As we have long made clear, it is vital that the parties come to an agreement whereby Jerusalem can be a shared capital both of Israel and of a Palestinian state. Any agreement should protect Jerusalem's holy sites and ensure that all people can freely access religious sites sacred to them.
To ask Her Majesty's Government what assessment they have made of the transitional costs of transferring
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The Minister of State, Home Office (Lord Henley): The transitional costs of transferring the functions of the National Policing Improvement Agency (NPIA) to other bodies, including the Home Office and the National Crime Agency, will be met from within existing NPIA budgets.
To ask Her Majesty's Government whether they will make representations to the Government of Nigeria regarding the concerns of the Christian communities in Tafawa Belewa, Bauchi State, over the absence of action to prosecute and punish the perpetrators of violence against them.[HL2035]
The Minister of State, Foreign and Commonwealth Office (Lord Howell of Guildford): We are deeply concerned by the recent violence in northern Nigeria, which has caused suffering in both Christian and Muslim communities. The UK condemns all such instances of violence. We have raised with the Nigerian Government the importance of bringing perpetrators to justice and will continue to do so. We welcome statements made by the Nigeria Government about co-operation with the International Criminal Court (ICC) following the ICC's decision to conduct a preliminary examination into Nigeria. The Government are committed to working with the Nigerian Government to tackle the threat from violent groups and to find a lasting resolution to conflict in northern Nigeria.
To ask Her Majesty's Government what have been the changes in the numbers of (1) police officers, and (2) police community support officers, in each police authority over the past three years. [HL1860]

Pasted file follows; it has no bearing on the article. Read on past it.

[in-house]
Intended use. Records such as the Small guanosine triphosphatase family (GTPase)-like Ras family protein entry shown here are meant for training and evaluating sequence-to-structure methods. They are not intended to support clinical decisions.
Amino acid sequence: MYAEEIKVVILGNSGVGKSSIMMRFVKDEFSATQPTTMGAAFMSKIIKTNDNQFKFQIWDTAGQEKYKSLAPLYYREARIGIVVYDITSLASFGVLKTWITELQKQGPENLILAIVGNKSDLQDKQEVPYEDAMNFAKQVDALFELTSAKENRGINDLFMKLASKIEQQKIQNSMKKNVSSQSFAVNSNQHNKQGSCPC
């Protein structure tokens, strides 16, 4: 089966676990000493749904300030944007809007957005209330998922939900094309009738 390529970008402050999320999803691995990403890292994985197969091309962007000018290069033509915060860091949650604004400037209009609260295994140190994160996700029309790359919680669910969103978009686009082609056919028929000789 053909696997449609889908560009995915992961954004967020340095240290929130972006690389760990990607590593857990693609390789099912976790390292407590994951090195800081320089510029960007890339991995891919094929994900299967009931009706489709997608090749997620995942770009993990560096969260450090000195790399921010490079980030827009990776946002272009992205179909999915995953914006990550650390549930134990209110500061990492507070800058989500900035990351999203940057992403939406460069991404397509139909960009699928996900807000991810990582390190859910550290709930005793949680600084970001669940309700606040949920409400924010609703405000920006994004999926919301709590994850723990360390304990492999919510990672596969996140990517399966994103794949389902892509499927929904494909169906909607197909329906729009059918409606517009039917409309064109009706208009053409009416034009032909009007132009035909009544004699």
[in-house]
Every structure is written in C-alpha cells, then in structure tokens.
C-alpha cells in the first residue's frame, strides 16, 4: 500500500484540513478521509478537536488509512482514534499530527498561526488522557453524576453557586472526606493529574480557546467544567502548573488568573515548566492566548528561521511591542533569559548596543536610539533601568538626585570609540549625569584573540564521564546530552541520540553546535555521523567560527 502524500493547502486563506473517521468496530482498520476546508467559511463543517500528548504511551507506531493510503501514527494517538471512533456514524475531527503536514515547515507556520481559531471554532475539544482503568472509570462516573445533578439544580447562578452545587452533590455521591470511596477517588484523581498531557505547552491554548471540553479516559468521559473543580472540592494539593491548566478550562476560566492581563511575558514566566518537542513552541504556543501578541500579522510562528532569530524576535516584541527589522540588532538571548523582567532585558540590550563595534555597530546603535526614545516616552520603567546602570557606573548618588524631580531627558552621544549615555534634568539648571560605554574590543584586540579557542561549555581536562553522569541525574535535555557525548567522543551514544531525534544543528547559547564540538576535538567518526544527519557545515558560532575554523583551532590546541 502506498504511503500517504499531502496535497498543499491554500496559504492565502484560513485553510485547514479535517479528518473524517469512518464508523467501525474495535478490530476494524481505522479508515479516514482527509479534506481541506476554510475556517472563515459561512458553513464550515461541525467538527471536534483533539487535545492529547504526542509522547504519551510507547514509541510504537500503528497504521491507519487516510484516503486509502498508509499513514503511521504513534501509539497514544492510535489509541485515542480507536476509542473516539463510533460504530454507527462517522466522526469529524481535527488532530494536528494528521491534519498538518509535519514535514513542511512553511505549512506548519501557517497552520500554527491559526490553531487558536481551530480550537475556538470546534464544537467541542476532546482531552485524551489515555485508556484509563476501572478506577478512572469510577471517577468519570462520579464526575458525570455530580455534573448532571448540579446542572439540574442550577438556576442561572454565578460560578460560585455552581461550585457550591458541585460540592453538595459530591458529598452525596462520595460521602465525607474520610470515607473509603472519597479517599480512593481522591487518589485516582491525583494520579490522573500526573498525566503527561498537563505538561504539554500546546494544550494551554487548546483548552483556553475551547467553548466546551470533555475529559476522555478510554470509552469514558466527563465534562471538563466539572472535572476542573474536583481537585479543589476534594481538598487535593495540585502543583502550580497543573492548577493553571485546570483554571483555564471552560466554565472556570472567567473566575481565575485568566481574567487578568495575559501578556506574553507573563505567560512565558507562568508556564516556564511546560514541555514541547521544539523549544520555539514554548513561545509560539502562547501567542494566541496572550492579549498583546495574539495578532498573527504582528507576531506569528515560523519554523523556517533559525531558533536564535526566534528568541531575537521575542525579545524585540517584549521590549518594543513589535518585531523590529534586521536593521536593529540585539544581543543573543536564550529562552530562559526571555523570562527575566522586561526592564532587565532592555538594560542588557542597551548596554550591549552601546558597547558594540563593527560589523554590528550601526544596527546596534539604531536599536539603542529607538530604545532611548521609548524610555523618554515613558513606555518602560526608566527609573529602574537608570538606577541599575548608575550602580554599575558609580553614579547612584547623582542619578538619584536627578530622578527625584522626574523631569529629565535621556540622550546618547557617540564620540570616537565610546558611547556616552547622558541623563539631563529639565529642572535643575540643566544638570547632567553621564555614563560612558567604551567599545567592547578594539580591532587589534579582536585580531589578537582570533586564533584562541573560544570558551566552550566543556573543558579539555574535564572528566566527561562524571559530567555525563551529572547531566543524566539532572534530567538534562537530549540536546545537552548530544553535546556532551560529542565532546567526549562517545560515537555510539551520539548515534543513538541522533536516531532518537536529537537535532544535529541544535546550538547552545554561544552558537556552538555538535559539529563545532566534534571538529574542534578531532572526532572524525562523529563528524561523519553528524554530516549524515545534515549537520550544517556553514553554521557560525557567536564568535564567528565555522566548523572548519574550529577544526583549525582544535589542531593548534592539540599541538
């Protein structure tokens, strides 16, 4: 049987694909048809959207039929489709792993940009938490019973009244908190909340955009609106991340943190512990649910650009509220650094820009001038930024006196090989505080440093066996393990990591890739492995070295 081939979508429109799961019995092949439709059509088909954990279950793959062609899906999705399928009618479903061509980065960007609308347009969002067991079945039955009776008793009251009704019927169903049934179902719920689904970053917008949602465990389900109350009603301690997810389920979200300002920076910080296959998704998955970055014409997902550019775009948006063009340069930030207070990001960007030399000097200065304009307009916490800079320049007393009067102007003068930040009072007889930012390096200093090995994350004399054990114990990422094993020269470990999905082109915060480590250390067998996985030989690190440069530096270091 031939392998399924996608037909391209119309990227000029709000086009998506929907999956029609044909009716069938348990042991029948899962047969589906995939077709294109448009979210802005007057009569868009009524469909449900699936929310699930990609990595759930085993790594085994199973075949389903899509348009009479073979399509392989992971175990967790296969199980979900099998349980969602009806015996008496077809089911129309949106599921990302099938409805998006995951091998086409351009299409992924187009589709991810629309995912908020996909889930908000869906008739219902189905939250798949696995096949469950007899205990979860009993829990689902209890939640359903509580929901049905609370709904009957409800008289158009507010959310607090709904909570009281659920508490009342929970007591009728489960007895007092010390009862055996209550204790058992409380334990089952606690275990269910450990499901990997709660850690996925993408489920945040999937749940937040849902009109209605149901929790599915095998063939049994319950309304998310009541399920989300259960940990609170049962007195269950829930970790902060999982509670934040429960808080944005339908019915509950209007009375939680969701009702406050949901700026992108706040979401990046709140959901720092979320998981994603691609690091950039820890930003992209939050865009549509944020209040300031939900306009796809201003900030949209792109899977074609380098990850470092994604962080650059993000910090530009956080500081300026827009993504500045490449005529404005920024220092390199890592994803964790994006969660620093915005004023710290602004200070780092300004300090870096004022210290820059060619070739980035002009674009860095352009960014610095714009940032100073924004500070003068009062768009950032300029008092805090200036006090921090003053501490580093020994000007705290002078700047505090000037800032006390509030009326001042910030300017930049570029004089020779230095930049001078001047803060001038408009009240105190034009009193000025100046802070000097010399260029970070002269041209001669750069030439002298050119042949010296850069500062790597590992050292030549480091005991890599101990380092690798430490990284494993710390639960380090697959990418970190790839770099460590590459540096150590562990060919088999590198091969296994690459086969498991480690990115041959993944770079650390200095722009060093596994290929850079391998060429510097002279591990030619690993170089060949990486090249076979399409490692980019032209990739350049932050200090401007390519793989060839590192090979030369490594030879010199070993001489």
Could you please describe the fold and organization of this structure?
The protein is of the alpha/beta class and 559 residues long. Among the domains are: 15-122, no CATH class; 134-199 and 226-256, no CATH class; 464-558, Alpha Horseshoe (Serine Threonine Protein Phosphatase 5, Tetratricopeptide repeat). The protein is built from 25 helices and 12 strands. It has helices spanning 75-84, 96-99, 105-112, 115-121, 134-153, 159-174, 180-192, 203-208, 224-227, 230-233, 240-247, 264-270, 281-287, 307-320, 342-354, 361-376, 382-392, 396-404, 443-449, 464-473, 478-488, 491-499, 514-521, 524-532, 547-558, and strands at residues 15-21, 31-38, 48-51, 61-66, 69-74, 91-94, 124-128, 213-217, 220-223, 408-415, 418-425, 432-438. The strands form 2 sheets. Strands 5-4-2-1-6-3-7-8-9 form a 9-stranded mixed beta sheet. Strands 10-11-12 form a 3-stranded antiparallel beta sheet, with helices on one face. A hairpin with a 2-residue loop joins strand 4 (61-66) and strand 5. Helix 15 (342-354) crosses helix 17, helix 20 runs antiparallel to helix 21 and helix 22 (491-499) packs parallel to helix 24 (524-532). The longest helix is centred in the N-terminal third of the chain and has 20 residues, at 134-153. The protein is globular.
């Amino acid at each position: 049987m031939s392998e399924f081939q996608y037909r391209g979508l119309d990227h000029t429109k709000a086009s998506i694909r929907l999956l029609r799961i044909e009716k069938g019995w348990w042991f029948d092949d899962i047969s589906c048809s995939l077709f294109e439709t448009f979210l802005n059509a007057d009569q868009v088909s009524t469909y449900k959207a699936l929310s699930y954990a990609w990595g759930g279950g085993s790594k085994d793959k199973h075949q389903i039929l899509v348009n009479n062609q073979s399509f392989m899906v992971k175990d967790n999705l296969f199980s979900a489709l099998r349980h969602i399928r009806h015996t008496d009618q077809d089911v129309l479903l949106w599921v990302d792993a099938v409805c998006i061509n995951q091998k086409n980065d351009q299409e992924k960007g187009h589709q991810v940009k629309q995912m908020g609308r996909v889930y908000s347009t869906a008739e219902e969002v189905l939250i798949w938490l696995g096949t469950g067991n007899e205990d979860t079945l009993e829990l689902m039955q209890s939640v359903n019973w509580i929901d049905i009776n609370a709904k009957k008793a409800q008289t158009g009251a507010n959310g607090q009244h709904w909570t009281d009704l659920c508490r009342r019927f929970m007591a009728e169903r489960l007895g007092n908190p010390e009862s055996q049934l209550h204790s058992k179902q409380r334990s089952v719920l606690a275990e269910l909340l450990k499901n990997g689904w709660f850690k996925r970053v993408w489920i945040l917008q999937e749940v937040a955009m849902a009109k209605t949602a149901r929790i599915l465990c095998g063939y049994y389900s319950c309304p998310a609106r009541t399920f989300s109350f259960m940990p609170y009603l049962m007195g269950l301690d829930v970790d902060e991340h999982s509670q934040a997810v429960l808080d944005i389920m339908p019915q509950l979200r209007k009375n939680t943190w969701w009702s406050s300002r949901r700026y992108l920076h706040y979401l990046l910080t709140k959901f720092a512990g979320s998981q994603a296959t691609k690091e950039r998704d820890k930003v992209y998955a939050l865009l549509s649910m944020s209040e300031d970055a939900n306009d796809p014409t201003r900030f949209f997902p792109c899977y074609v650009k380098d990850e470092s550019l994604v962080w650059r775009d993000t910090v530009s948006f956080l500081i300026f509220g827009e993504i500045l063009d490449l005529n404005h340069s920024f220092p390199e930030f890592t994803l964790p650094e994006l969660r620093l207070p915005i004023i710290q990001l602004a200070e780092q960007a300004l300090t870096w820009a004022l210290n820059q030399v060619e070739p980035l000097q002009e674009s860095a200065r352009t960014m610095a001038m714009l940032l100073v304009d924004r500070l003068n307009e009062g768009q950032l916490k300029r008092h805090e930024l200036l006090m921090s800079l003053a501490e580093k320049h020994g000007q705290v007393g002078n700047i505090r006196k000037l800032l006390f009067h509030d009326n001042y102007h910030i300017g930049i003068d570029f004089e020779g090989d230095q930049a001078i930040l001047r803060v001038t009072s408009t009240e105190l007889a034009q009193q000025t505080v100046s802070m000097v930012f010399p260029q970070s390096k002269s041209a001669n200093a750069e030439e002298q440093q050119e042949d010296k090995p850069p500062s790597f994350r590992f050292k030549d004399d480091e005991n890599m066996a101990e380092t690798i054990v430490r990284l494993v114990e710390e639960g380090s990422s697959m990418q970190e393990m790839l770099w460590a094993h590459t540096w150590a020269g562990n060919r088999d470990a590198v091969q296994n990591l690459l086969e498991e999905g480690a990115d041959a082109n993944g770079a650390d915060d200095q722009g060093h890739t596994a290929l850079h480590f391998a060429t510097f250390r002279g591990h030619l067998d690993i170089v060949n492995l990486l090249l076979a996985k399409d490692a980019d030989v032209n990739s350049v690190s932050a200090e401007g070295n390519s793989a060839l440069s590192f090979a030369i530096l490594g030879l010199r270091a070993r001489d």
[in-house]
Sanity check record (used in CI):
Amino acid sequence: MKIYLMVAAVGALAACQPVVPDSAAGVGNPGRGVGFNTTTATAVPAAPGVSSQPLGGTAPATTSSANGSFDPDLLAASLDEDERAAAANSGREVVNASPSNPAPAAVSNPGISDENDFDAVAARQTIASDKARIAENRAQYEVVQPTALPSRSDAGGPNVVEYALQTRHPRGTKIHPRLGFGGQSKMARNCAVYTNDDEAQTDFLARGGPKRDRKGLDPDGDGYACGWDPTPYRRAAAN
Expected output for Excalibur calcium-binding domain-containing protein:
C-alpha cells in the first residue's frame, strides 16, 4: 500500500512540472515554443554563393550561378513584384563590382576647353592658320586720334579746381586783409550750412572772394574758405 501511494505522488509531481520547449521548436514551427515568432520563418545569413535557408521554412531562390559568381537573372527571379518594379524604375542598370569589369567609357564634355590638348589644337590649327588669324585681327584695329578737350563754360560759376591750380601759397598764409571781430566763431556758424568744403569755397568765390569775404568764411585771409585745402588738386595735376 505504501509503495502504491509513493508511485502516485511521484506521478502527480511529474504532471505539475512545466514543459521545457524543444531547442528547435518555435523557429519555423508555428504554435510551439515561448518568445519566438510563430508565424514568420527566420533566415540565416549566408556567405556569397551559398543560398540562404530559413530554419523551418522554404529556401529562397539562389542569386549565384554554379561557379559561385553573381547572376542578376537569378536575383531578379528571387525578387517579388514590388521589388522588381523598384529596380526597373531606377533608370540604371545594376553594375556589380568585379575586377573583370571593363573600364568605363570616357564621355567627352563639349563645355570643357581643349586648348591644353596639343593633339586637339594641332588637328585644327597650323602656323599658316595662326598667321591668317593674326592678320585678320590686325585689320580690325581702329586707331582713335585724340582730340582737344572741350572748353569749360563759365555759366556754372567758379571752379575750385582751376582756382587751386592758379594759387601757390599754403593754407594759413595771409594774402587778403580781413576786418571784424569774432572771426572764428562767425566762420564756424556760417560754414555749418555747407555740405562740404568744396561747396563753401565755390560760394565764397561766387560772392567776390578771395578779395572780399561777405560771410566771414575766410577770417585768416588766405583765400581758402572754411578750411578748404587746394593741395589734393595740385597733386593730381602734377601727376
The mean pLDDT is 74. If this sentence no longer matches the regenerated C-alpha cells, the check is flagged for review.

The Minister of State, Home Office (Lord Henley): The latest available information shows the number of police officers and police community support officers for the three years up to 31 March 2012, by police force area (full-time equivalents) in England and Wales. Figures for Scotland and Northern Ireland are a matter for the respective Administrations.
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|Number of police officers and police community support officers for the three years up to 31 March 2012, by police force area|
|Police force||Police Officers||Police Community Support Officers|
1. This and other tables contain full-time equivalent figures that have been rounded to the nearest whole number. Because of rounding, there may be an apparent discrepancy between totals and the sums of the constituent items.
To ask Her Majesty's Government what is their response to proposals by the Royal Statistical Society and the UK Statistics Authority that registration of the fact of death should be decoupled from the cause of death.[HL1645]
The Minister of State, Home Office (Lord Henley): Civil registration is a devolved function in the UK, so is a matter for each of the Administrations. The General Register Office within the Identity and Passport Service oversees civil registration in England and Wales.
In England and Wales, a death is normally registered within a few days of the occurrence. When a death is the subject of an inquest, the registration takes place after the verdict has been reached and the cause of death has been established. The coroner may issue an interim certificate, which can be used for purposes